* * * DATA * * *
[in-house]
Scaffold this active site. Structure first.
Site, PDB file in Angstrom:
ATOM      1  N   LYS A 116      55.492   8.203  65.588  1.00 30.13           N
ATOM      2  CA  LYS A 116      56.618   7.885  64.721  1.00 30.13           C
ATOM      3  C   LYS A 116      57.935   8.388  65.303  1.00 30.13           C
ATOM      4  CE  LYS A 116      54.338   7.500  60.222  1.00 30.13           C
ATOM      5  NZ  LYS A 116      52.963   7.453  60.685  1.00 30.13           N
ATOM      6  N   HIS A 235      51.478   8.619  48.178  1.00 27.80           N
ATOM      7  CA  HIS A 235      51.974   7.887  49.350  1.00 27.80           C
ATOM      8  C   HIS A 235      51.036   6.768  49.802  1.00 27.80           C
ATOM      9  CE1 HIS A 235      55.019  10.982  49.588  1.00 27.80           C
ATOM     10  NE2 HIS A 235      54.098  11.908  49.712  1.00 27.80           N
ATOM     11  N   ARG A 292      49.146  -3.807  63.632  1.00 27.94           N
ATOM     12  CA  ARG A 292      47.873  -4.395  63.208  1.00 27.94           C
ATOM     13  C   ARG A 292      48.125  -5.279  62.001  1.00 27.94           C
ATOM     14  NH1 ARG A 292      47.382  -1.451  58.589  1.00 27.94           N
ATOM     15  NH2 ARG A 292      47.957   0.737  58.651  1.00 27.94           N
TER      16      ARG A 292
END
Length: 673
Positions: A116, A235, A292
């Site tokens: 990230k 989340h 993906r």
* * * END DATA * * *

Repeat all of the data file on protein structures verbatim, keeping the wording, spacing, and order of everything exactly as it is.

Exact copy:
[in-house]
Scaffold this active site. Structure first.
Site, PDB file in Angstrom:
ATOM      1  N   LYS A 116      55.492   8.203  65.588  1.00 30.13           N
ATOM      2  CA  LYS A 116      56.618   7.885  64.721  1.00 30.13           C
ATOM      3  C   LYS A 116      57.935   8.388  65.303  1.00 30.13           C
ATOM      4  CE  LYS A 116      54.338   7.500  60.222  1.00 30.13           C
ATOM      5  NZ  LYS A 116      52.963   7.453  60.685  1.00 30.13           N
ATOM      6  N   HIS A 235      51.478   8.619  48.178  1.00 27.80           N
ATOM      7  CA  HIS A 235      51.974   7.887  49.350  1.00 27.80           C
ATOM      8  C   HIS A 235      51.036   6.768  49.802  1.00 27.80           C
ATOM      9  CE1 HIS A 235      55.019  10.982  49.588  1.00 27.80           C
ATOM     10  NE2 HIS A 235      54.098  11.908  49.712  1.00 27.80           N
ATOM     11  N   ARG A 292      49.146  -3.807  63.632  1.00 27.94           N
ATOM     12  CA  ARG A 292      47.873  -4.395  63.208  1.00 27.94           C
ATOM     13  C   ARG A 292      48.125  -5.279  62.001  1.00 27.94           C
ATOM     14  NH1 ARG A 292      47.382  -1.451  58.589  1.00 27.94           N
ATOM     15  NH2 ARG A 292      47.957   0.737  58.651  1.00 27.94           N
TER      16      ARG A 292
END
Length: 673
Positions: A116, A235, A292
């Site tokens: 990230k 989340h 993906r």